The University will not necessarily make conditional offers to all Access candidates but will continue to assess them on an individual basis. 

If we make you an offer, you will need to obtain/pass the overall Access to Higher Education Diploma and may also be required to obtain a proportion of the total level 3 credits and/or credits in particular subjects at merit grade or above.

BTEC Level 3 Extended Diploma (formerly BTEC National Diploma)

The University will consider applicants holding BTEC National Diploma and Extended National Diploma Qualifications (QCF; NQF; OCR) on a case-by-case basis. Please contact us for further advice on your individual circumstances.

International Baccalaureate

34 points overall or 17 points at HL with Mathematics 4 at HL or SL

International students

The University welcomes applications from international students. Our international recruitment team can guide you on entry requirements. See our International Student website for further information about entry requirements for your country.

If you need to increase your level of qualification ready for undergraduate study, we offer a number of International Foundation Programmes.

Meet our staff in your country

For more advice about applying to Kent, you can meet our staff at a range of international events.

English Language Requirements

Please see our English language entry requirements web page.

Please note that if you are required to meet an English language condition, we offer a number of 'pre-sessional' courses in English for Academic Purposes. You attend these courses before starting your degree programme. 

General entry requirements

Please also see our general entry requirements.

Fees

The 2018/19 annual tuition fees for this programme are:

UK/EU Overseas
Full-time £9250 £18400

For students continuing on this programme, fees will increase year on year by no more than RPI + 3% in each academic year of study except where regulated.*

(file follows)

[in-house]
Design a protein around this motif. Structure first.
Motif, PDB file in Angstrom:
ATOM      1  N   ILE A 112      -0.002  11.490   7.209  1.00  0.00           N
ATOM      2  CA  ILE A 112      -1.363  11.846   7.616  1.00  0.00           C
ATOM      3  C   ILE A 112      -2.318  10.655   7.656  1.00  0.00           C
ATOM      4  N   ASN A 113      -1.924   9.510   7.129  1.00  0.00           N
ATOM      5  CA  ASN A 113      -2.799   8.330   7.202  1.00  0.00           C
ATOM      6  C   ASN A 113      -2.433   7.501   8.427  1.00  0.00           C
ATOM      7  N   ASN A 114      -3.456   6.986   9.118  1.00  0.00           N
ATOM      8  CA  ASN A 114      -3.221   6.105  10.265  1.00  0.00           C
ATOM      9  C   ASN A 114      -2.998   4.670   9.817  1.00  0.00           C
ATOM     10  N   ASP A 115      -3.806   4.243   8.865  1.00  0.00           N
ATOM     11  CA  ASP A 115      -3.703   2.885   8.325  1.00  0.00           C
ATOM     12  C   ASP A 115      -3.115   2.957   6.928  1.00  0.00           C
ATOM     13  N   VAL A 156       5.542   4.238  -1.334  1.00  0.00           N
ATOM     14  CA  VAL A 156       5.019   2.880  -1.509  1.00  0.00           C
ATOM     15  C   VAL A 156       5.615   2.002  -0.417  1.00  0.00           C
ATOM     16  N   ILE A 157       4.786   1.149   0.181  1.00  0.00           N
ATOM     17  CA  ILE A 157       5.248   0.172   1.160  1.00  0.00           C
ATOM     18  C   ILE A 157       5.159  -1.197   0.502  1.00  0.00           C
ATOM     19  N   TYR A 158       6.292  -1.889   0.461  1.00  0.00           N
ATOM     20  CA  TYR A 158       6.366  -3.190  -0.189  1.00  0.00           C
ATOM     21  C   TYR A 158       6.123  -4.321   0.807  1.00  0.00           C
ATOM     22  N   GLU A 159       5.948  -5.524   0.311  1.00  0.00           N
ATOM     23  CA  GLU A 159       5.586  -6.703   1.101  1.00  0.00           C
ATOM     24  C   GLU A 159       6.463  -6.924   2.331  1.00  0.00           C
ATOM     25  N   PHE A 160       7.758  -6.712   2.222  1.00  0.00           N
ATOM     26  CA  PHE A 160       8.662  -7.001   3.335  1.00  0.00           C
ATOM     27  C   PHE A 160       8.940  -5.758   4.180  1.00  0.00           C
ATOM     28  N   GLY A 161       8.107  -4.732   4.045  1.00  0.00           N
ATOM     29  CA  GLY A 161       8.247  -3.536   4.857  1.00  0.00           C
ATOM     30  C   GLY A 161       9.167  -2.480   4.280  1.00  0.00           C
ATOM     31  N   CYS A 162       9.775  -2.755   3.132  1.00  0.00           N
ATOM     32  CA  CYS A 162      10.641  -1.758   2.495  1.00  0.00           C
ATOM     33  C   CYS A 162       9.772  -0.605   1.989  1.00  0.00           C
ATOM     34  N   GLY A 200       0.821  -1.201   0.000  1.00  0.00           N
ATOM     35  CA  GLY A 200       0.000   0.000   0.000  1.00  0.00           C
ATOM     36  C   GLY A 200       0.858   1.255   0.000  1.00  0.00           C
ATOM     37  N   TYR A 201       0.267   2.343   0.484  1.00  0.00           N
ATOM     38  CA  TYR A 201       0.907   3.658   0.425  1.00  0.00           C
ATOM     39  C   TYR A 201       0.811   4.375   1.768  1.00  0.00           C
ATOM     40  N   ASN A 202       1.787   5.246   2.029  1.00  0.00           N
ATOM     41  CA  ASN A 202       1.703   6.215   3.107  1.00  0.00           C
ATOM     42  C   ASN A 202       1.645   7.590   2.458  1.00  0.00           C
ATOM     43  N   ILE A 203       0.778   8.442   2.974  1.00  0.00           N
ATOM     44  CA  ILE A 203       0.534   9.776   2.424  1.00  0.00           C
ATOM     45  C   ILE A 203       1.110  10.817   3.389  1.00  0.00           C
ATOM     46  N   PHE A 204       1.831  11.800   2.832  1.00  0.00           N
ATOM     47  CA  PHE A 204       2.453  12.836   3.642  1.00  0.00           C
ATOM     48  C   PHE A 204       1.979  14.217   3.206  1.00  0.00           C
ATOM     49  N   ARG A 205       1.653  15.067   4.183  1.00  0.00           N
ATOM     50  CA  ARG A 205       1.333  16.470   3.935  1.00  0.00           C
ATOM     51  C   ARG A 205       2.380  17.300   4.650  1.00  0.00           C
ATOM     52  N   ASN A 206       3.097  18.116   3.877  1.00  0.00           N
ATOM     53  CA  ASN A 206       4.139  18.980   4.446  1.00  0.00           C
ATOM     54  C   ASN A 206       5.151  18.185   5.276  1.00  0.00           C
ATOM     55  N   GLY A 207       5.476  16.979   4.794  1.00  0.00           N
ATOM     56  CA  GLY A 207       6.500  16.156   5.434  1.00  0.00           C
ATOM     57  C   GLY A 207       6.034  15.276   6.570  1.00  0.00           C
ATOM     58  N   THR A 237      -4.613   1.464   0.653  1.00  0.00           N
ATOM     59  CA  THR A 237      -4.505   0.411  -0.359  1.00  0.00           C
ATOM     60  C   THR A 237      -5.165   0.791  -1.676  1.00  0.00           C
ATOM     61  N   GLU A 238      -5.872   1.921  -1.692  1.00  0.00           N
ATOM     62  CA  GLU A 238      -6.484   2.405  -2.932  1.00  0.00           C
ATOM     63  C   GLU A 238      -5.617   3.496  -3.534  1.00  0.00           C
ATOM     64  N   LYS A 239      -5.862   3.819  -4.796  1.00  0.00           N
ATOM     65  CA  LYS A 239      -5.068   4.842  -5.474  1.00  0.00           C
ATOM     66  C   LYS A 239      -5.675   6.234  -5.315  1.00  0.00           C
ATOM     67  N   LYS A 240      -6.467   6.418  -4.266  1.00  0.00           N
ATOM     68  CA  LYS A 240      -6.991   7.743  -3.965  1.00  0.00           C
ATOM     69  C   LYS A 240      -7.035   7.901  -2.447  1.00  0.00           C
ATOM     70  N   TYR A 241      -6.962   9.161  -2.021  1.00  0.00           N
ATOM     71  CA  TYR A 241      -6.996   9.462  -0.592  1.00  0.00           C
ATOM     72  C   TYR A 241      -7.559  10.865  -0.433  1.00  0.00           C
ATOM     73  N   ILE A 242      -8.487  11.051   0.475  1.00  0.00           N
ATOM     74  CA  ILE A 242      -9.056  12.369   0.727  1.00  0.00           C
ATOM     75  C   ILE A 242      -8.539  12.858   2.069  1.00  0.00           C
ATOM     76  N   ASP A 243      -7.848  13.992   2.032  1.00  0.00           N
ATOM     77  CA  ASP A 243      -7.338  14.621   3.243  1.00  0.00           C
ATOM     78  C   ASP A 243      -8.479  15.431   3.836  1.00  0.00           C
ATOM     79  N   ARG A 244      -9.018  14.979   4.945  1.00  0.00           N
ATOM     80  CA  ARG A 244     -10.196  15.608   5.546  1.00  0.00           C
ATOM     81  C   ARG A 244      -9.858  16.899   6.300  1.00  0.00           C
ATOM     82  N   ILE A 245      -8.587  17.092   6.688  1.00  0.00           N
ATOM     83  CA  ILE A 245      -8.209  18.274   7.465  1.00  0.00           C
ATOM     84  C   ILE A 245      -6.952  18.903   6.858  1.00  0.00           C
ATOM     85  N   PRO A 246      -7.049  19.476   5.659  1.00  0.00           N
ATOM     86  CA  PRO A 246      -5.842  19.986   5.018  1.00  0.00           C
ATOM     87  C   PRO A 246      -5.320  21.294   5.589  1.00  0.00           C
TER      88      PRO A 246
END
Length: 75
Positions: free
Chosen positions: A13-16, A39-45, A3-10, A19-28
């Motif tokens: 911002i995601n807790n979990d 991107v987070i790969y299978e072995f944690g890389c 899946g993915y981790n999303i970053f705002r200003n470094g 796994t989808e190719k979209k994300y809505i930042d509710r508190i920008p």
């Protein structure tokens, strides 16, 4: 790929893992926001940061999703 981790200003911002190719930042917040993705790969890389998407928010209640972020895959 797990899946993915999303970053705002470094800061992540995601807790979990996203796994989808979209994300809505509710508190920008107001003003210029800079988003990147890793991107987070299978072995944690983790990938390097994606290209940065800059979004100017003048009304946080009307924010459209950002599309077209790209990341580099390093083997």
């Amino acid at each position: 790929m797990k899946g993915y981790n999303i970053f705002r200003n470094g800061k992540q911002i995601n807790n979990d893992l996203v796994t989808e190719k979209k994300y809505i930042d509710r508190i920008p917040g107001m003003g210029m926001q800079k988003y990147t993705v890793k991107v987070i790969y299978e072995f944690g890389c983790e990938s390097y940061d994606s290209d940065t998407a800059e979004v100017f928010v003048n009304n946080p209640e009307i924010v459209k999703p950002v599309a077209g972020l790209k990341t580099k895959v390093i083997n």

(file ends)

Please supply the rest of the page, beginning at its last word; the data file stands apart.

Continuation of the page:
Your fee status

The University will assess your fee status as part of the application process. If you are uncertain about your fee status you may wish to seek advice from UKCISA before applying.

General additional costs

Find out more about accommodation and living costs, plus general additional costs that you may pay when studying at Kent.

Funding

University funding

Kent offers generous financial support schemes to assist eligible undergraduate students during their studies. See our funding page for more details. 

Government funding

You may be eligible for government finance to help pay for the costs of studying. See the Government's student finance website.

Scholarships

General scholarships

Scholarships are available for excellence in academic performance, sport and music and are awarded on merit. For further information on the range of awards available and to make an application see our scholarships website.

The Kent Scholarship for Academic Excellence

At Kent we recognise, encourage and reward excellence. We have created the Kent Scholarship for Academic Excellence. 

For 2018/19 entry, the scholarship will be awarded to any applicant who achieves a minimum of AAA over three A levels, or the equivalent qualifications (including BTEC and IB) as specified on our scholarships pages

The scholarship is also extended to those who achieve AAB at A level (or specified equivalents) where one of the subjects is either Mathematics or a Modern Foreign Language. Please review the eligibility criteria.

The Key Information Set (KIS) data is compiled by UNISTATS and draws from a variety of sources which includes the National Student Survey and the Higher Education Statistical Agency. The data for assessment and contact hours is compiled from the most populous modules (to the total of 120 credits for an academic session) for this particular degree programme. 

Depending on module selection, there may be some variation between the KIS data and an individual's experience. For further information on how the KIS data is compiled please see the UNISTATS website.

If you have any queries about a particular programme, please contact information@kent.ac.uk.